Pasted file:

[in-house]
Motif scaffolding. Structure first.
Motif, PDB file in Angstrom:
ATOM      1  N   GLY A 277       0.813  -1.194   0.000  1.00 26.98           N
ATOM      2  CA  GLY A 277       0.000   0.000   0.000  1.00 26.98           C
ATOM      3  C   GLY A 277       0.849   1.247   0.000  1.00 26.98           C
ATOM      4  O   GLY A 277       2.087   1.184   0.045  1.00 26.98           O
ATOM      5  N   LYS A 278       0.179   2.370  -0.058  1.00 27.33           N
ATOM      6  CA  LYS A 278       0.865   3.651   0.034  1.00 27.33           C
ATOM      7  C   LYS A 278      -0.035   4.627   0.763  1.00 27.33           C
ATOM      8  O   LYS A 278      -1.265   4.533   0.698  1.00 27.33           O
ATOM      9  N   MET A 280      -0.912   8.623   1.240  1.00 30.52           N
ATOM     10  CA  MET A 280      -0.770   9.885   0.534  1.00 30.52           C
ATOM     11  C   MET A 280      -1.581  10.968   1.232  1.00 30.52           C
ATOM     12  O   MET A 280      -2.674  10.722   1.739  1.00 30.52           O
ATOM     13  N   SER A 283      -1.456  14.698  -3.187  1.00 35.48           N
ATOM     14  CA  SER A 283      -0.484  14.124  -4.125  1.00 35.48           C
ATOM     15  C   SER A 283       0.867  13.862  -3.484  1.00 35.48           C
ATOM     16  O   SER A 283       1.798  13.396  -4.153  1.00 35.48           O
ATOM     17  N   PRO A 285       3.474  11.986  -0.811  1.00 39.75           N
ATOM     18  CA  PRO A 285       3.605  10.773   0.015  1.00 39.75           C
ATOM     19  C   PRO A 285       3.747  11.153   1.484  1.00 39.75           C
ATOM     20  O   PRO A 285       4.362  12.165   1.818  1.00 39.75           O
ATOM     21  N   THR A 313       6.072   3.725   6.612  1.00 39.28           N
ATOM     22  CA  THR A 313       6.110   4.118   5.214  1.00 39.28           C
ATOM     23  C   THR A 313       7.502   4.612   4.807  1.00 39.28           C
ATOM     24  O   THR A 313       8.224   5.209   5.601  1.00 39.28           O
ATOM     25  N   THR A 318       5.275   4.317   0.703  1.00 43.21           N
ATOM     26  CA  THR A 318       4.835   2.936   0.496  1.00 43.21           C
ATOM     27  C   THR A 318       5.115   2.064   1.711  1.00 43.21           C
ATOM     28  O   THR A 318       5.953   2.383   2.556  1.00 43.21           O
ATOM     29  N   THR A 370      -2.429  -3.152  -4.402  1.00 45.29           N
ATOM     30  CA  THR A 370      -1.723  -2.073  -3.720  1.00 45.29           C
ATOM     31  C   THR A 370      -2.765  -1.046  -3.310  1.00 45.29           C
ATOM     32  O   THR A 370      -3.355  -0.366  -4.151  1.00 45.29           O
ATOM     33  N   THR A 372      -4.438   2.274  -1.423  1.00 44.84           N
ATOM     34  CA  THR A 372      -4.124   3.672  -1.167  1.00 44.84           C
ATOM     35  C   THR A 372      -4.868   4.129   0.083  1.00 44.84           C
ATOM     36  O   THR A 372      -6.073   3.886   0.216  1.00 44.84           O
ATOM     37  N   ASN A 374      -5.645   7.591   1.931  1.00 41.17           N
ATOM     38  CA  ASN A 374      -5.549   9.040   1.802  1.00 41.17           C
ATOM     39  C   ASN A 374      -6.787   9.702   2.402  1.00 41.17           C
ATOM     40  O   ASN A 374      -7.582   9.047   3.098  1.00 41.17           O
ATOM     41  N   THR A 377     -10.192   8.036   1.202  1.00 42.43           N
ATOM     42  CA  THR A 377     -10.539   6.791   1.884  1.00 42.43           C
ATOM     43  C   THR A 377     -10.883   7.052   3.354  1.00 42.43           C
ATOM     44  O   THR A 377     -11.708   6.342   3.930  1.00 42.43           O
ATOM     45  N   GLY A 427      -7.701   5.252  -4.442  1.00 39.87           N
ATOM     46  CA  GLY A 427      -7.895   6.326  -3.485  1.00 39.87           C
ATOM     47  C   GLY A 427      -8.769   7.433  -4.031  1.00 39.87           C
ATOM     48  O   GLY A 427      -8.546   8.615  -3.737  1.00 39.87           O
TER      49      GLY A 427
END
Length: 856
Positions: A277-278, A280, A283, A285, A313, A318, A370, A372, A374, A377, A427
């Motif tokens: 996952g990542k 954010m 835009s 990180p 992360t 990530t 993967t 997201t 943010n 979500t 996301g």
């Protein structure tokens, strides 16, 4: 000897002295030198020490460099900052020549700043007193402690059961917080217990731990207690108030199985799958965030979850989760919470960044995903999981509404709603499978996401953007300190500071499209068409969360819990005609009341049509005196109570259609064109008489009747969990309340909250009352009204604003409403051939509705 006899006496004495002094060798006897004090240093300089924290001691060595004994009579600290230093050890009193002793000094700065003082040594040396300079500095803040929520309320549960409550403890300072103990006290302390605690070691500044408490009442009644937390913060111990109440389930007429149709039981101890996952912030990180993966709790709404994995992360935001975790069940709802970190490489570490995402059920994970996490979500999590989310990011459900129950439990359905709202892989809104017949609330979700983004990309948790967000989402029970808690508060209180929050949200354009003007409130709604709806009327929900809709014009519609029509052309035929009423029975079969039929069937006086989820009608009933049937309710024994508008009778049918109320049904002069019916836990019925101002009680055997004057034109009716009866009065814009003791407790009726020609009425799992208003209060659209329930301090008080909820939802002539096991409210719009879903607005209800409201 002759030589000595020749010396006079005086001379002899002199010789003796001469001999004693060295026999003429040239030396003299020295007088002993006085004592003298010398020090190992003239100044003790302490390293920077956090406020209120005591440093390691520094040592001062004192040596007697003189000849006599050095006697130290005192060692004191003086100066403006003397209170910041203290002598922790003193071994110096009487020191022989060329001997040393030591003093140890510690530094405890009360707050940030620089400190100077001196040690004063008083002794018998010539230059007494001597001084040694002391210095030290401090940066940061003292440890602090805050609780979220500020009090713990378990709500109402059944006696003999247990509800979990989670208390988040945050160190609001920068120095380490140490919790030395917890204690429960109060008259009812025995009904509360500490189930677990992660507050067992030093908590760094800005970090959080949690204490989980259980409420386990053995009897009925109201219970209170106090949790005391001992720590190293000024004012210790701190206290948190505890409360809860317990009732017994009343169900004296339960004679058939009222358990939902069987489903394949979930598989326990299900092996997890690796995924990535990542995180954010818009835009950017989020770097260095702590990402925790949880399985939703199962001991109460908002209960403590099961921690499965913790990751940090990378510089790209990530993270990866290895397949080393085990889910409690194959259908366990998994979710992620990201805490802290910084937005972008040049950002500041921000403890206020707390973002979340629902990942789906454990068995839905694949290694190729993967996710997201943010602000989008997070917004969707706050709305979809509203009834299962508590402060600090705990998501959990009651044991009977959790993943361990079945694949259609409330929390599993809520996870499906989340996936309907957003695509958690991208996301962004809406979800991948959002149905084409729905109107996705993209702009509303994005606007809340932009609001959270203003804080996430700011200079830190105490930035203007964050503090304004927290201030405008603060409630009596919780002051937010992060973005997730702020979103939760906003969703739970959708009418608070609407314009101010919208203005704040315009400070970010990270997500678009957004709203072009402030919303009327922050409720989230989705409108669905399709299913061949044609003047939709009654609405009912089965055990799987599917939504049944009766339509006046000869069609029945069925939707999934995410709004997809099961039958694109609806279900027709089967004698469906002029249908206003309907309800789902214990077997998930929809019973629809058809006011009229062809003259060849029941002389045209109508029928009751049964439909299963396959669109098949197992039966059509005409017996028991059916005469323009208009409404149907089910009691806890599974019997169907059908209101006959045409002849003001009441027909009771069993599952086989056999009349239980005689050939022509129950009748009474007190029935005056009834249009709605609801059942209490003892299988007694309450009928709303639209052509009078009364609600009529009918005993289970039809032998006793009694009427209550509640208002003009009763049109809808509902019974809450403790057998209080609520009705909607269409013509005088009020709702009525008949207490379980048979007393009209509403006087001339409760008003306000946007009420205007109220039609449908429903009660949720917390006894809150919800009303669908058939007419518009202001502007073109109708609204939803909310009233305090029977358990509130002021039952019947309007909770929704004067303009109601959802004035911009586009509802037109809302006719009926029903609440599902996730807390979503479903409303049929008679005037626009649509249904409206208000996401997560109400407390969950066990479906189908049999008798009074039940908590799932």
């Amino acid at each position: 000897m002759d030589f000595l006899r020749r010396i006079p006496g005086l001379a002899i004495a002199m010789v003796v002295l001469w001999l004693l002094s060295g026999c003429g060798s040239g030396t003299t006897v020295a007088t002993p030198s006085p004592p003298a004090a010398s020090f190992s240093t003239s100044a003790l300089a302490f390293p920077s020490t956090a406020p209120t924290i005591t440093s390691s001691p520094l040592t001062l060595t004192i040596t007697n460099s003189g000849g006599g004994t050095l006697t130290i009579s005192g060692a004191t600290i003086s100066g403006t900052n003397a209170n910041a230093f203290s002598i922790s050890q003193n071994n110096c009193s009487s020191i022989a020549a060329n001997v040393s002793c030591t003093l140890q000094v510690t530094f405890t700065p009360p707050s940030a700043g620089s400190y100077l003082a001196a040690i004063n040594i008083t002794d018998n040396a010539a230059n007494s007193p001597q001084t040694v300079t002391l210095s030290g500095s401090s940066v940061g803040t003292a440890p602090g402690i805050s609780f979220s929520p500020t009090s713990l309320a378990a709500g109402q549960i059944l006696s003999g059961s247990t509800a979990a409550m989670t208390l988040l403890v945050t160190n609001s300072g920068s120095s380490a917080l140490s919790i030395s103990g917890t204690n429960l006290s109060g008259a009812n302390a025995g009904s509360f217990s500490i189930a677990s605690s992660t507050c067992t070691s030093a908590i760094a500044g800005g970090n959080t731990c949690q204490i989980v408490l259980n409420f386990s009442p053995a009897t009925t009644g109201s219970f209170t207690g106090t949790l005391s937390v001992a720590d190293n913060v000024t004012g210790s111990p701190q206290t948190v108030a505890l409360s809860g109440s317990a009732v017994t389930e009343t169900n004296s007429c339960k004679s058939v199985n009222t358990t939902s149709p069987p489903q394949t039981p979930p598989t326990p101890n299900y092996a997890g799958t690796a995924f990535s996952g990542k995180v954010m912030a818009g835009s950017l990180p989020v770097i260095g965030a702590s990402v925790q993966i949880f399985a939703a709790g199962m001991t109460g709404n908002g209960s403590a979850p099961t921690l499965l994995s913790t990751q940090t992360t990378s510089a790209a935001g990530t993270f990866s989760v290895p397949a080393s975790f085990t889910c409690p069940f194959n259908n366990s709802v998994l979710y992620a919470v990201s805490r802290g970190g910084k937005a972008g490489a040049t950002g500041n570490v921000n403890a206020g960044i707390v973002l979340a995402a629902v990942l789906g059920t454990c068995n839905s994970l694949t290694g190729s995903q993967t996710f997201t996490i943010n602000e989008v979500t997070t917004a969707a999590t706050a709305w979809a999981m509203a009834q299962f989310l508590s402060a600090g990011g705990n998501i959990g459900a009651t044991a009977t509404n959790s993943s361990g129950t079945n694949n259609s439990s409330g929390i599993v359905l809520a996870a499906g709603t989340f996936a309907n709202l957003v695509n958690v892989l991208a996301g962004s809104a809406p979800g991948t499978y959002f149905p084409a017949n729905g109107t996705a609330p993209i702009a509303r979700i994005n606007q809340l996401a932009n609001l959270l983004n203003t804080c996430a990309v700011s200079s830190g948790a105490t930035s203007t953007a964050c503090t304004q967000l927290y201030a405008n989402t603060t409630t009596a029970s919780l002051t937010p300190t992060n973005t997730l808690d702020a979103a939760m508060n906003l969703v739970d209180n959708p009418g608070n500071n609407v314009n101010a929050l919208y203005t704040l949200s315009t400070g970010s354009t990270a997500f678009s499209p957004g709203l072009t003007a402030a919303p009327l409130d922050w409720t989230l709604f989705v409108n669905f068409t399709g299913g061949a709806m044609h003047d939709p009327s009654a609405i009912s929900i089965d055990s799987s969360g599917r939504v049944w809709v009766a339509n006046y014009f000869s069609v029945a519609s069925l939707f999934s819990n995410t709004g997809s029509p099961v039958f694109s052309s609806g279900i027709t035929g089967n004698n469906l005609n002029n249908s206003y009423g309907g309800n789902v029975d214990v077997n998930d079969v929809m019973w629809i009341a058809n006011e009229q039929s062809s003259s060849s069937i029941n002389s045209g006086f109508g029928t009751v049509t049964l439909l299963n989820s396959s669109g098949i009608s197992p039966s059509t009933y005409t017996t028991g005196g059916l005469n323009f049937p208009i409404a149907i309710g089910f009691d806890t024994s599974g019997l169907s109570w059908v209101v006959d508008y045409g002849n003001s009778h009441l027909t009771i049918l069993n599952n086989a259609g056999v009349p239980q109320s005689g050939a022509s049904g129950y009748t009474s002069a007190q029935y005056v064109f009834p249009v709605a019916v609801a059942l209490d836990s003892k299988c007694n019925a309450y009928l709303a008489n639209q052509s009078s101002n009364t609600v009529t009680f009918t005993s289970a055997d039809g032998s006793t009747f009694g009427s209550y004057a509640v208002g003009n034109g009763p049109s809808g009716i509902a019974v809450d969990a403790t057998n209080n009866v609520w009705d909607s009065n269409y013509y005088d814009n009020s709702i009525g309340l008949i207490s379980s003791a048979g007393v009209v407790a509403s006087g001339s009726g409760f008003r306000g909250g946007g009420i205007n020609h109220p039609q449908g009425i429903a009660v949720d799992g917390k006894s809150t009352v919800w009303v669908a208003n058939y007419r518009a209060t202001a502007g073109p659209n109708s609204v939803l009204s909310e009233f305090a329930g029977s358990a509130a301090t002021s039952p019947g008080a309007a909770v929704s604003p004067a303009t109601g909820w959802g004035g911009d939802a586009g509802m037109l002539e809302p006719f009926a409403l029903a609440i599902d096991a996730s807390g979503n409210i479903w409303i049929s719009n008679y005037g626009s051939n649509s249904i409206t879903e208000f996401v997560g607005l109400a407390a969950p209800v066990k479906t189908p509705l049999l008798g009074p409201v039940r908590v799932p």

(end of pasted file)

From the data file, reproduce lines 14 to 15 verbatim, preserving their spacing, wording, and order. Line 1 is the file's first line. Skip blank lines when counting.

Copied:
ATOM     11  C   MET A 280      -1.581  10.968   1.232  1.00 30.52           C
ATOM     12  O   MET A 280      -2.674  10.722   1.739  1.00 30.52           O